JAKARTA — The unmonitored illegal trade in porcupines across Indonesia has prompted calls from conservationists for stricter protection for the species’ population in the wild.
A new study examining seizure data of porcupines, their parts and derivatives in Indonesia has found more than 450 of the animals in nearly 40 incidents between January 2013 and June 2020. Porcupines are targeted both for domestic and international markets for their meat. They’re also coveted for their bezoars, the masses found in the digestive tracts of some porcupines, which is consumed as medicine in some cultures; and for their quills, used as talismans and for decorative purposes.
“Porcupines are also persecuted as agricultural pests, leaving them further exposed to wildlife traffickers taking advantage of these situations to procure animals for trade,” said Lalita Gomez, author of the study and program officer of the wildlife protection NGO Monitor Conservation Research Society.
In Indonesia, the trade and collection of nonprotected species is regulated by harvest quotas that are established annually by the environment ministry. During the study period, Gomez noted that no harvest quotas were established for the five porcupine species found in Indonesia, therefore any porcupines in trade were of illegal origin. None of the porcupine species native to Indonesia are listed in the CITES appendices, which means their international trade isn’t restricted.
At least three of the five porcupine species were identified in some of the reported cases, according to the paper published in April in the journal Nature Conservation. The three species are the Malayan porcupine (Hystrix brachyura), the Sunda porcupine (H. javanica) and the Sumatran porcupine (H. sumatrae).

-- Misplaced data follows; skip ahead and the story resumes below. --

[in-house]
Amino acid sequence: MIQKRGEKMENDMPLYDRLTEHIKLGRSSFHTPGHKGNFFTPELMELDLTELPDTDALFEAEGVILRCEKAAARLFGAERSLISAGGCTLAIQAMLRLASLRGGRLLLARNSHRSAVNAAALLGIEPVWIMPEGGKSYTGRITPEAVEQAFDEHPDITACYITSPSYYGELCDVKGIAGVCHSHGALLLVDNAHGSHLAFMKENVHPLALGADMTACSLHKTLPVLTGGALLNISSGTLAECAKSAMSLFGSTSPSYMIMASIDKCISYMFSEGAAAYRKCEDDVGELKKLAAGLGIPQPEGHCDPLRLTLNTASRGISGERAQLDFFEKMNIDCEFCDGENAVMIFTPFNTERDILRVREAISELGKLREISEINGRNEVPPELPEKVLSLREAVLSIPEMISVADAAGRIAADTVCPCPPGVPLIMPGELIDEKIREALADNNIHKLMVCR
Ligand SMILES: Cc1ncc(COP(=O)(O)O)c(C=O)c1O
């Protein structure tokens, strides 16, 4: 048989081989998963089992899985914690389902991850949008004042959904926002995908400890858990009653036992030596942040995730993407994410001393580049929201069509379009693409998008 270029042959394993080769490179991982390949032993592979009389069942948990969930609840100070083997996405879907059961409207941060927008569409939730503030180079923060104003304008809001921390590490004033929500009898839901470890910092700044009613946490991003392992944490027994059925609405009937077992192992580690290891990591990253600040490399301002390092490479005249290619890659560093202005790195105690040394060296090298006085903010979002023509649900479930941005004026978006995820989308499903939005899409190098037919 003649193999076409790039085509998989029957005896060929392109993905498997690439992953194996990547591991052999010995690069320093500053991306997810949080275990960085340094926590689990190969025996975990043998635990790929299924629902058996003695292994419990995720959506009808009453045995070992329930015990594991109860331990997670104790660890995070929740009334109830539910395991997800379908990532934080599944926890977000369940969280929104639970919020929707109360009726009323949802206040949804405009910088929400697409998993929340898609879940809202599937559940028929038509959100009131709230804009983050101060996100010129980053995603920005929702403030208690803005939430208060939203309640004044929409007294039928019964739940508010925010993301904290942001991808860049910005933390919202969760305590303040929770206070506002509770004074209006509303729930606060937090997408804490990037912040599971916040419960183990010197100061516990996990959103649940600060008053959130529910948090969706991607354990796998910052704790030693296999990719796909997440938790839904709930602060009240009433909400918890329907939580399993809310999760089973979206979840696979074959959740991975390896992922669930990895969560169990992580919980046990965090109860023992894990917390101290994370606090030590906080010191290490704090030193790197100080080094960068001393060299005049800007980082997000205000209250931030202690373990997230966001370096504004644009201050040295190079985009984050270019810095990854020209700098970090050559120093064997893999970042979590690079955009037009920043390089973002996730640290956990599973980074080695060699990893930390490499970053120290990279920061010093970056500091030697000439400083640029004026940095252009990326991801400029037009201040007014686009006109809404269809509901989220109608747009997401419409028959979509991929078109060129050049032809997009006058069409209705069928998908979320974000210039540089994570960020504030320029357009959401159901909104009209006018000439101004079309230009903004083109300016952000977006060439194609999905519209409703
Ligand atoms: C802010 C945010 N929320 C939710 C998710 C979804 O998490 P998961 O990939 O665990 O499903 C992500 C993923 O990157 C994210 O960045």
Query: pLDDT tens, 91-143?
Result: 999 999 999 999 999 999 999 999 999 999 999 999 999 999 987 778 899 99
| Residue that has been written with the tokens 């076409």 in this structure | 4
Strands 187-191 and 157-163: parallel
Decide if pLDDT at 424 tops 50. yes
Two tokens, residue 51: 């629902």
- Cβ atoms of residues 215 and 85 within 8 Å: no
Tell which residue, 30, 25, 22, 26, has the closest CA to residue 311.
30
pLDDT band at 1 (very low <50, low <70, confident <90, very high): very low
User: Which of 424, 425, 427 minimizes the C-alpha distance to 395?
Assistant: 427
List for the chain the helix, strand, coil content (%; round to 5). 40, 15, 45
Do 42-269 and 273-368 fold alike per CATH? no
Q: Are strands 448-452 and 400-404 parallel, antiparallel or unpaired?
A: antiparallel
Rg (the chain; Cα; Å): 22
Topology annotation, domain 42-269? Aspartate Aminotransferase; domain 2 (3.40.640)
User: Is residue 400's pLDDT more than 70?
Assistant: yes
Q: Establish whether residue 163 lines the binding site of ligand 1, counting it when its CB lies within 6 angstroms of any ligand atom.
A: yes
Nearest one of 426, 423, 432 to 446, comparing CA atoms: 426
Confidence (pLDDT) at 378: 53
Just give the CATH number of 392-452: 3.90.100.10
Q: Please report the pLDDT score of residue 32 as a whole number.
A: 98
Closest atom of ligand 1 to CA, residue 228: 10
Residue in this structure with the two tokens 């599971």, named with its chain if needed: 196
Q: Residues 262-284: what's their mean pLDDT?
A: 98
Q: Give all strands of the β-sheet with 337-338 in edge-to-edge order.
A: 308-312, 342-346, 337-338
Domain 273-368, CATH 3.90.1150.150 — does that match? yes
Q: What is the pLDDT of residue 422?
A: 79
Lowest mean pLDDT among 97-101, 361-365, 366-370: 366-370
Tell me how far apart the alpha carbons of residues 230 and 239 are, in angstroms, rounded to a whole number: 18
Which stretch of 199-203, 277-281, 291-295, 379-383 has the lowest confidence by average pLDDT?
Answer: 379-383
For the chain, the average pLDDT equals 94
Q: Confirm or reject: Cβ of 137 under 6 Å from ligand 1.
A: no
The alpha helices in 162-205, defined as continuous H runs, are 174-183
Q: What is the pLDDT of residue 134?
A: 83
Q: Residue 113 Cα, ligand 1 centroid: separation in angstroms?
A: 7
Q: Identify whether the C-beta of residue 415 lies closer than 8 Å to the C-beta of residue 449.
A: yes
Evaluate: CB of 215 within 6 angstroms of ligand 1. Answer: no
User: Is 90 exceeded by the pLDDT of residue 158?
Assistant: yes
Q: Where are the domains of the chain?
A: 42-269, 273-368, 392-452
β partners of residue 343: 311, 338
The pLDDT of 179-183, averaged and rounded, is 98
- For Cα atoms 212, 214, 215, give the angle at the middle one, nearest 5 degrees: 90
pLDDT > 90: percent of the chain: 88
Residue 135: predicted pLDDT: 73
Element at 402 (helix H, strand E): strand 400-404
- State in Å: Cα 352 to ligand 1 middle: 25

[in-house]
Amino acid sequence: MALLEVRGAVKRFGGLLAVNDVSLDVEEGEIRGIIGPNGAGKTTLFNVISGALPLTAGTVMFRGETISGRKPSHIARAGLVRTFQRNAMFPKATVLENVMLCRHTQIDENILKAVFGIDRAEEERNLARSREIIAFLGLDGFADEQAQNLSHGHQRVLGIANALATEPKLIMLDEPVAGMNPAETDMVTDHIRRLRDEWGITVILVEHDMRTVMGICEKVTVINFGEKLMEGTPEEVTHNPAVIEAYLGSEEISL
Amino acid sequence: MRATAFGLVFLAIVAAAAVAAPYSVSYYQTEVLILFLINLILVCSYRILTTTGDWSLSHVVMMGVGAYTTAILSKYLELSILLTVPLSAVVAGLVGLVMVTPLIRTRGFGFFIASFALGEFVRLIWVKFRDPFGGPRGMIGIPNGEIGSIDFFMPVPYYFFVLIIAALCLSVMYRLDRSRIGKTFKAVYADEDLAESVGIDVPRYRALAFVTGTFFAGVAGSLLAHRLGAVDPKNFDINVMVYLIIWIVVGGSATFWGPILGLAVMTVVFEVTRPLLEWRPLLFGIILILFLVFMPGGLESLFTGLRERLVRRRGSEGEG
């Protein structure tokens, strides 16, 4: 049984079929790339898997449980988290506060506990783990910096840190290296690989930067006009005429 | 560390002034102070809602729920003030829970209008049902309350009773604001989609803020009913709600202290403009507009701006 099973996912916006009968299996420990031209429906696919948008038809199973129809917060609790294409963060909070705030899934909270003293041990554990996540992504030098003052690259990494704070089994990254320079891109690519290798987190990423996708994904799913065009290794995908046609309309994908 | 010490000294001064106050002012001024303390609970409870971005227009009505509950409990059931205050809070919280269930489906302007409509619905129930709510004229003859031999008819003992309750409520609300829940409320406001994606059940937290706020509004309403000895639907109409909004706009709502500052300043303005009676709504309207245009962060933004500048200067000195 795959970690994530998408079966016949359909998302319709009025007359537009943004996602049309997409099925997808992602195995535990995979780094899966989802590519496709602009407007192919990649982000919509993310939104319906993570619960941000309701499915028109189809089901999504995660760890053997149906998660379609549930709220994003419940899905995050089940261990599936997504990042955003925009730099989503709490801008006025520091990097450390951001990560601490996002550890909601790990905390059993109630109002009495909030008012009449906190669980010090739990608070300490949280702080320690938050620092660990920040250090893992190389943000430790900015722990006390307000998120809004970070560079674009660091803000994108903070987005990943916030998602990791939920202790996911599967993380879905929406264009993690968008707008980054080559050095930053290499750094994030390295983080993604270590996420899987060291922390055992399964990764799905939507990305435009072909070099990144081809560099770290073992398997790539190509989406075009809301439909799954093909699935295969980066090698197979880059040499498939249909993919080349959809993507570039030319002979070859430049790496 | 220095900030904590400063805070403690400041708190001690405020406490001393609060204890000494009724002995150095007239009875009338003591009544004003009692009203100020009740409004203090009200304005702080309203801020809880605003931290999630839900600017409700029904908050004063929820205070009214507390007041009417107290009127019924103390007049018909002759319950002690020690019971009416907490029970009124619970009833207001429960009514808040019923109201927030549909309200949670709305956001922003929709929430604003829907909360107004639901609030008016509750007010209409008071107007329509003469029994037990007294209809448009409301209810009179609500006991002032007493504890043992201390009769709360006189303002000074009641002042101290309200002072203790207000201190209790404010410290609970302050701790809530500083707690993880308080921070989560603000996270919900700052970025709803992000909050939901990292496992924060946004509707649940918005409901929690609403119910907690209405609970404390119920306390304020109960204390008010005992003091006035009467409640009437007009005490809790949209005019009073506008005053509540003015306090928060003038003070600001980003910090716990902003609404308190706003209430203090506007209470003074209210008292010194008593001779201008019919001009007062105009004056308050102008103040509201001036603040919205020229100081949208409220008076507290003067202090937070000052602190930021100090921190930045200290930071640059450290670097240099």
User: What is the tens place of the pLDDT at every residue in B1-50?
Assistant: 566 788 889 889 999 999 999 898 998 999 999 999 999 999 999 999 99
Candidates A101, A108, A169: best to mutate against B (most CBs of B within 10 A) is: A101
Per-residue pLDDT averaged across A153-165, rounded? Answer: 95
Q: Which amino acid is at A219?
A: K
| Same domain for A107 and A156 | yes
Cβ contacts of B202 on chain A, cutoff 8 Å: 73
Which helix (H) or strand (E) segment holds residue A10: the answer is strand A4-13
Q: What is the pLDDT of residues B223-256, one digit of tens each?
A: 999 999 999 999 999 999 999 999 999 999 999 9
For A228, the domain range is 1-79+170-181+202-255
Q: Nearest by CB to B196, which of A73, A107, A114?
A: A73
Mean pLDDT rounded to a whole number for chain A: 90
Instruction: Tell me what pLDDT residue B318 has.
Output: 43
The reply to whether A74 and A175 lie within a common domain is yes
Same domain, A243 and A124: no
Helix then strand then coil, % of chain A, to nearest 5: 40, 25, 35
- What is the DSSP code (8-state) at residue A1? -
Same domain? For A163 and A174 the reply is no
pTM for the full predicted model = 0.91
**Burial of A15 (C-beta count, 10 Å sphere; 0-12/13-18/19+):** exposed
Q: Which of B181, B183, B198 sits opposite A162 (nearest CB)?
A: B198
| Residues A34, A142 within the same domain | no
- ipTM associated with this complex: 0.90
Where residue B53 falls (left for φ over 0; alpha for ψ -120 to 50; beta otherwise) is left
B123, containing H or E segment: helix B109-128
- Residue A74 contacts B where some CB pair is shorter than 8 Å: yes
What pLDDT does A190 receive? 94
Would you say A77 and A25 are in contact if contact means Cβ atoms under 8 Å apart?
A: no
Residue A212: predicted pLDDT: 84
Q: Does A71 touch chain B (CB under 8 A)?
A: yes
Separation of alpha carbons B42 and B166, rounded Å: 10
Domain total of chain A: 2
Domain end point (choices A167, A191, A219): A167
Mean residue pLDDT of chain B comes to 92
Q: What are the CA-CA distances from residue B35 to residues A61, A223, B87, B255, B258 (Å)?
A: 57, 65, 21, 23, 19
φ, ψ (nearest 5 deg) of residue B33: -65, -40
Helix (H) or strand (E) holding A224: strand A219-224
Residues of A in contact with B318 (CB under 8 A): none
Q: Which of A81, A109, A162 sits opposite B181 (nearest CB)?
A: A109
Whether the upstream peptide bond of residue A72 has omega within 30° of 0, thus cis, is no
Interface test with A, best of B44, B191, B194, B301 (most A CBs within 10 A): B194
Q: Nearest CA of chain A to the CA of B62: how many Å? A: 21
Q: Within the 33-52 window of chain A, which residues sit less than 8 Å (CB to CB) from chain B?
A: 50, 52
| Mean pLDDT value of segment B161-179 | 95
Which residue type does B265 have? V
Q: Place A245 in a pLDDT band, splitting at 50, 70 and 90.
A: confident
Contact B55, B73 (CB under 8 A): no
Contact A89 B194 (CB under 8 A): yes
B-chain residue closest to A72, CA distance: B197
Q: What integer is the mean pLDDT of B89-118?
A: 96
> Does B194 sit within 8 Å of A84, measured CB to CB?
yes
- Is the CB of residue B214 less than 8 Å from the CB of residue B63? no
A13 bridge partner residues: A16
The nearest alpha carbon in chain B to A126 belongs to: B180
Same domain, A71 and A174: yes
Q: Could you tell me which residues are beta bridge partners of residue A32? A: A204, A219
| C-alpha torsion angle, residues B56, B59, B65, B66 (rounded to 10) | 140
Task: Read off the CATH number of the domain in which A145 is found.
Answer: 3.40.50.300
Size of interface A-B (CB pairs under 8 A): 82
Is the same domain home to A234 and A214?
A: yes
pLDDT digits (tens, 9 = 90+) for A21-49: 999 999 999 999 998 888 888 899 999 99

The paper said nearly half of the total reported incidents occurred in Sumatra, followed by Java and surrounding islands, and then Kalimantan, the Indonesian portion of Borneo. It added that some of the cases revealed that some of the people involved in the illegal trade in porcupines were keeping them for breeding purposes without a permit; illegally running a wildlife animal park or mini zoo; or keeping protected endangered species, including sun bears, slow lorises, orangutans, and hornbills.
Gomez also noted the poor protection for porcupines in Indonesia, particularly the removal of the Malayan porcupine from the government’s list of protected species, even though it’s the species most frequently recovered from traffickers.
“Perhaps this is another indication of the lack of political will to combat the trafficking of wildlife of commercial value,” Gomez wrote.
“Similarly, the commercial international trade in non-CITES listed species is also poorly documented, regulated or monitored; and this data gap presents a considerable conservation risk as understanding trade dynamics and its impact on these species is extremely difficult,” she added.
Gomez has recommended that all porcupines be categorized as protected species under Indonesian wildlife laws and listed under the CITES. (Currently only the Sunda porcupine is protected by law.)
This would require any international trade to take place through a supervisory system, which would allow for regulation and make it easier to track and analyze trends, thus providing an early-warning system in case wild populations begin to decline, she said. Indonesian law prescribes a maximum penalty of five years’ imprisonment for anyone who transports, trades, keeps or kills a protected species.
“Porcupines are reportedly in decline in Indonesia, yet there seems to be little control or monitoring on uptake and trade,” Gomez said.
Gomez, L. (2021). The illegal hunting and exploitation of porcupines for meat and medicine in Indonesia. Nature Conservation, 43, 109-122. doi:10.3897/natureconservation.43.62750
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